Rhodiola Rosea is a unique herb that grows at high altitudes in the arctic areas of Asia and Eastern Europe. It is classified as an adaptogenic herb which means it can help the body adapt to physical, chemical, and environmental stress. In fact, Rhodiola is one of the most effective adaptogens available and has been extensively examined in numerous research studies.
Historically, the Vikings used Rhodiola to enhance physical strength and the Sherpa people used it to climb at high altitudes including Mt. Everest. The Russians have used Rhodiola over the past 70 years to improve work performance, insomnia, fatigue, and increase athletic endurance.
Due to its ‘adaptogenic’ effects, Rhodiola Rosea can be extremely effective in protecting against fatigue and burnout. One way it achieves this is by helping the body ‘adapt’ better to stress (see image below).
During times of acute stress (alarm phase), the body responds by releasing the stress hormone, cortisol. This increased cortisol is beneficial as it helps our body mobilise energy stores to deal with the stress (known as the fight or flight response). When the stress subsides, so do levels of cortisol (resistance phase), and the body returns to equilibrium. Unfortunately, if the stress remains (which is common for many of us), the body eventually struggles to cope with the excess cortisol. This is when we may experience periods of low energy or fatigue (exhaustion phase).
The figure below demonstrates how Rhodiola Rosea moderates the stress response. Rhodiola Rosea’s stress-protective effects also occur because it has been shown to increase important neurotransmitters in the brain such as serotonin and dopamine, and increase the body’s defence against free radicals via its antioxidant effects.
Although the majority of clinical studies have shown Rhodiola Rosea to be helpful in overcoming fatigue and burn-out, they are not all positive. This is likely due to differences in the quality of extracts used in the studies. Most of the positive human clinical trials used the patented extract SHR-5. This extract is standardised to a minimum 2 percent rosavins and 0.8 to 1 percent salidroside. Dr Panossian, an expert in Rhodiola, points out that the content of active ingredients in herbal preparations of Rhodiola depends on many factors such as the geographic and climate zone it was grown, the season and weather conditions during harvesting, and how it was dried, extracted and prepared into final dosage form1.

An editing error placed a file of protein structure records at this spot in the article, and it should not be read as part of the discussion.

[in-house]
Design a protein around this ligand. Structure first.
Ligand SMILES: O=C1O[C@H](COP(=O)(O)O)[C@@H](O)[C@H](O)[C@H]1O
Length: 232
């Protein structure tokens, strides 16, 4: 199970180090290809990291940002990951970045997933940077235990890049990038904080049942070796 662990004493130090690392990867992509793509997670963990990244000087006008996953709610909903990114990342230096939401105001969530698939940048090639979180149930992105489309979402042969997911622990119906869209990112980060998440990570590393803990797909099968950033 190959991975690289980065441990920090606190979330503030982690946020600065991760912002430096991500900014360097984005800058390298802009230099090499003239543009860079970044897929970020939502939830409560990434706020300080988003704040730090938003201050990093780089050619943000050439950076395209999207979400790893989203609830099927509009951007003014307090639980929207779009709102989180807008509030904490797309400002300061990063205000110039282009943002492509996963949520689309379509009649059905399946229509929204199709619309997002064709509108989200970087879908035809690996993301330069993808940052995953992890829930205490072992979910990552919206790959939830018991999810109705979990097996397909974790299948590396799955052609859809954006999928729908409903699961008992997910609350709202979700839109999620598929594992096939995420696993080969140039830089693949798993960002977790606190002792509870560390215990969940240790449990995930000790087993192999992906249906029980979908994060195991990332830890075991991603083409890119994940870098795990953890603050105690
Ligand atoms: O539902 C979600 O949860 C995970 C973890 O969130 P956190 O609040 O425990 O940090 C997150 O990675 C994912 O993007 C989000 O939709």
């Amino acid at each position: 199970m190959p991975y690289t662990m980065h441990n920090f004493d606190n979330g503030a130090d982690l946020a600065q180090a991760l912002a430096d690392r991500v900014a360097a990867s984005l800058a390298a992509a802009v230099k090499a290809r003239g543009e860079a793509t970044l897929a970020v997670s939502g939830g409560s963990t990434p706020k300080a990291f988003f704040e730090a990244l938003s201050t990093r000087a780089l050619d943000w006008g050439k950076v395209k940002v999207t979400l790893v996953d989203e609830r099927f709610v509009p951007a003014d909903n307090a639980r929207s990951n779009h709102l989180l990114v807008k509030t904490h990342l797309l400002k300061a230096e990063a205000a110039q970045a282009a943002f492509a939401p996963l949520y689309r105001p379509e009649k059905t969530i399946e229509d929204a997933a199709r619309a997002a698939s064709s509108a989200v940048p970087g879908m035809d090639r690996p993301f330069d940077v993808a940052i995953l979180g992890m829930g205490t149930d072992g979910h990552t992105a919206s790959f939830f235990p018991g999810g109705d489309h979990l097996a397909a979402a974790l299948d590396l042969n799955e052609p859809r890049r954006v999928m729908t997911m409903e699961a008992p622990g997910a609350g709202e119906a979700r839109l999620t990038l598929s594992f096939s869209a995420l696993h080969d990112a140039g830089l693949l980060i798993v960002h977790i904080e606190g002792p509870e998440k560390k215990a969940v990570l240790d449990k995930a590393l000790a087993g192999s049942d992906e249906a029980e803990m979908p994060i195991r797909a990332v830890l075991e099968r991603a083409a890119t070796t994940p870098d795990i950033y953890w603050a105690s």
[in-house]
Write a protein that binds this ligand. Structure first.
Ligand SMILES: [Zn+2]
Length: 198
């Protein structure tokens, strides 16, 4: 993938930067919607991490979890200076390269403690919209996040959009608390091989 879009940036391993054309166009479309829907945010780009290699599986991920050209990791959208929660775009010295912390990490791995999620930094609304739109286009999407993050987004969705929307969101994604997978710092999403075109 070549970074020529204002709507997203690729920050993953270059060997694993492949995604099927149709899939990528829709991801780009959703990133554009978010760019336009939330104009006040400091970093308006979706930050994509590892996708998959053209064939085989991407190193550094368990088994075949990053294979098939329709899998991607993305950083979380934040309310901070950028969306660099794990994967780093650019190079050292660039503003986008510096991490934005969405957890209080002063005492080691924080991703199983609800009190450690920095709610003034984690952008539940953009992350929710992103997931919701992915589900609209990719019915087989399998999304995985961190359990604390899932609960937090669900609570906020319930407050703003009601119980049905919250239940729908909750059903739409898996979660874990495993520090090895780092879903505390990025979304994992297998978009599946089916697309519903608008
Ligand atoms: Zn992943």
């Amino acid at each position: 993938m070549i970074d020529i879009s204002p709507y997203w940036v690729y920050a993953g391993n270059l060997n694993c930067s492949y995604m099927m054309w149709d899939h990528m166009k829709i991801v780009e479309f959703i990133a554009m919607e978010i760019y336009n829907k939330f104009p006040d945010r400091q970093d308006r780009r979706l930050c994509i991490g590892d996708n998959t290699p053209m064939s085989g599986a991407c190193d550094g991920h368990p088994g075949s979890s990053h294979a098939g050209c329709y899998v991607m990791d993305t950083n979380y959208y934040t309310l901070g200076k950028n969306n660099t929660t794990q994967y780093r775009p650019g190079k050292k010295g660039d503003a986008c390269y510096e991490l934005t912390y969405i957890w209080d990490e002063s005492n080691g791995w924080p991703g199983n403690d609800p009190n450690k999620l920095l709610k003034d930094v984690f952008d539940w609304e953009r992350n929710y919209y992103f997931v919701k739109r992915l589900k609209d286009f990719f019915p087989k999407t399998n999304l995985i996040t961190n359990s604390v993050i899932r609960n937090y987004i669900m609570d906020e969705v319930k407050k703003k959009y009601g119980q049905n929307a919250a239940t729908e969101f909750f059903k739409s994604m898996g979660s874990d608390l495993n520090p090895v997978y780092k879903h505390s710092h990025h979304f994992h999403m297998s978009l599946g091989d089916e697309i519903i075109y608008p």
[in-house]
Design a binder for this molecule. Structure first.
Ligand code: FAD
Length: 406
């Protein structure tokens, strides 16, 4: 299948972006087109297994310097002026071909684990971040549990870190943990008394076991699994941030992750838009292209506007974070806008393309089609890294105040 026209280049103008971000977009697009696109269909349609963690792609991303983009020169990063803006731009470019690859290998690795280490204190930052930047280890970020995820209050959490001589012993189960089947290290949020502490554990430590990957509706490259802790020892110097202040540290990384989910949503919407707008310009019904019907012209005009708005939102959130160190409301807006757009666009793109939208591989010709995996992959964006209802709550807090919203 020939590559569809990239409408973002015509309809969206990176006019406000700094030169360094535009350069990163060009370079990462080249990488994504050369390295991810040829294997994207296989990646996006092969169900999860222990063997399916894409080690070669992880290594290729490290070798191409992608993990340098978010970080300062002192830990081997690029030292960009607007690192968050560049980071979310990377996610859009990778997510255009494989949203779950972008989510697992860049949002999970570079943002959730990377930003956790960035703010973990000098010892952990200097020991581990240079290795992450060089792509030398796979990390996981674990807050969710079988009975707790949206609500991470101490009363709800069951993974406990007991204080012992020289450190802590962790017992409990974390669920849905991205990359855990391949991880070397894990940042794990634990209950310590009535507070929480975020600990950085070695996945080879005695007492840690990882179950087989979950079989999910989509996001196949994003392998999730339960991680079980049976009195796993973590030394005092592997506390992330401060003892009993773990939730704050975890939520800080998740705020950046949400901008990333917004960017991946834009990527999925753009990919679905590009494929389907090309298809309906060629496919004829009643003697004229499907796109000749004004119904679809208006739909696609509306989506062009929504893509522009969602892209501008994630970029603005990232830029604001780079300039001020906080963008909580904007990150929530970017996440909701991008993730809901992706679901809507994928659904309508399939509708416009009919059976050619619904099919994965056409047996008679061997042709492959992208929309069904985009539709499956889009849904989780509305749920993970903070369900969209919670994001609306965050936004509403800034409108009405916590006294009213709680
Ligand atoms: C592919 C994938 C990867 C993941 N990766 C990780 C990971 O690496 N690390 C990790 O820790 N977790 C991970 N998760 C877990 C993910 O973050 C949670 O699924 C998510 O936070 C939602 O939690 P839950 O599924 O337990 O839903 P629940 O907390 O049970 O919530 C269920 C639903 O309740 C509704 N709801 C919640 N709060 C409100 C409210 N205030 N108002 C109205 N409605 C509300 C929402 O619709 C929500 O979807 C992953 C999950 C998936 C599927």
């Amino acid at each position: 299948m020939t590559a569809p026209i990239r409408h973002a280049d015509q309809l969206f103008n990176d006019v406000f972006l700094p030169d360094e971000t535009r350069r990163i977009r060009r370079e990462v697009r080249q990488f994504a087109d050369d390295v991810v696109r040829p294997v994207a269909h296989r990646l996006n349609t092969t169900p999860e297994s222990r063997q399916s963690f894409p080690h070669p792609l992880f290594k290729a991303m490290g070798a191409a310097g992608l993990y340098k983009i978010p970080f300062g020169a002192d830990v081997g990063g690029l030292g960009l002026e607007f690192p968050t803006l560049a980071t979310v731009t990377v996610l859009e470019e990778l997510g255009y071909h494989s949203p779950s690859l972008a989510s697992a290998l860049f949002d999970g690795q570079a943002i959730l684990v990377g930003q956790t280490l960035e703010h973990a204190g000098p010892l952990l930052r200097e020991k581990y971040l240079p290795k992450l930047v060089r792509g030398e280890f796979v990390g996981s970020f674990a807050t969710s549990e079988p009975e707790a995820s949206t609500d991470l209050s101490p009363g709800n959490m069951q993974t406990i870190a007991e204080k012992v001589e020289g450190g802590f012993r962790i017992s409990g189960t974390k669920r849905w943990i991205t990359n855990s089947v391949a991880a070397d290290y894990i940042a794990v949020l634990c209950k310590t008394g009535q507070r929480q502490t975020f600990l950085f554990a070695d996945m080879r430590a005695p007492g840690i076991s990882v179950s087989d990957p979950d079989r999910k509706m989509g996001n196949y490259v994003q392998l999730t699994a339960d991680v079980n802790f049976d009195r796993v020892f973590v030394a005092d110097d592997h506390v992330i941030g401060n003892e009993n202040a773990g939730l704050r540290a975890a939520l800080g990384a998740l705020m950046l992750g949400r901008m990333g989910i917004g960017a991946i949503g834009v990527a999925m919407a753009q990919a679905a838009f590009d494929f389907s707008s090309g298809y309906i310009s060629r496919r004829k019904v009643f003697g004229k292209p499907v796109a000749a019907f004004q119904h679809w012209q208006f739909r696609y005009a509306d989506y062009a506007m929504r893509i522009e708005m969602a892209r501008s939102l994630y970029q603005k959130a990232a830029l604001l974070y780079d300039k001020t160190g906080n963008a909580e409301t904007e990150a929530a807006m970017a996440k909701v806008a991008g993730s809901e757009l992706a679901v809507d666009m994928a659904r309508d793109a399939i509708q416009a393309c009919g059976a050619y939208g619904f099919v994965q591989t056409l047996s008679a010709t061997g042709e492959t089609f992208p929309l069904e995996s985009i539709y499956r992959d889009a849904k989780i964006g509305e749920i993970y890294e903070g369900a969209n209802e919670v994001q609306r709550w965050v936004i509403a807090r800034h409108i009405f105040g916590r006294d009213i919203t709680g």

Alarmingly, in a recent study published in the journal ‘Phytomedicine’ it was revealed that several commercial products claiming to contain Rhodiola Rosea either did not contain any Rhodiola Rosea or included adulterated forms2. The researchers analysed 40 commercial products claiming to contain Rhodiola Rosea and found that approximately one-quarter of unregistered Rhodiola products were either adulterated or contained low levels of rosavin. In addition to this, around 80% of products were reported to be of poor quality.
BCN’s Rhodiola Advanced is sourced from Finzelberg, one of Europe’s largest manufacturers of plant extracts for the pharmaceutical industry, with experience and expertise dating back to 1875. Analytic tests have confirmed its Rhodiola Rosea to have an almost identical profile to SHR-5.
1. Panossian, A. et al Rosenroot (Rhodiola rosea): traditional use, chemical composition, pharmacology and clinical efficacy. Phytomedicine. 2010 Jun;17(7):481-93.
2. Booker A., et al. The authenticity and quality of Rhodiola rosea products. Phytomedicine. 2015 Oct 31. pii: S0944-7113(15)00318-9.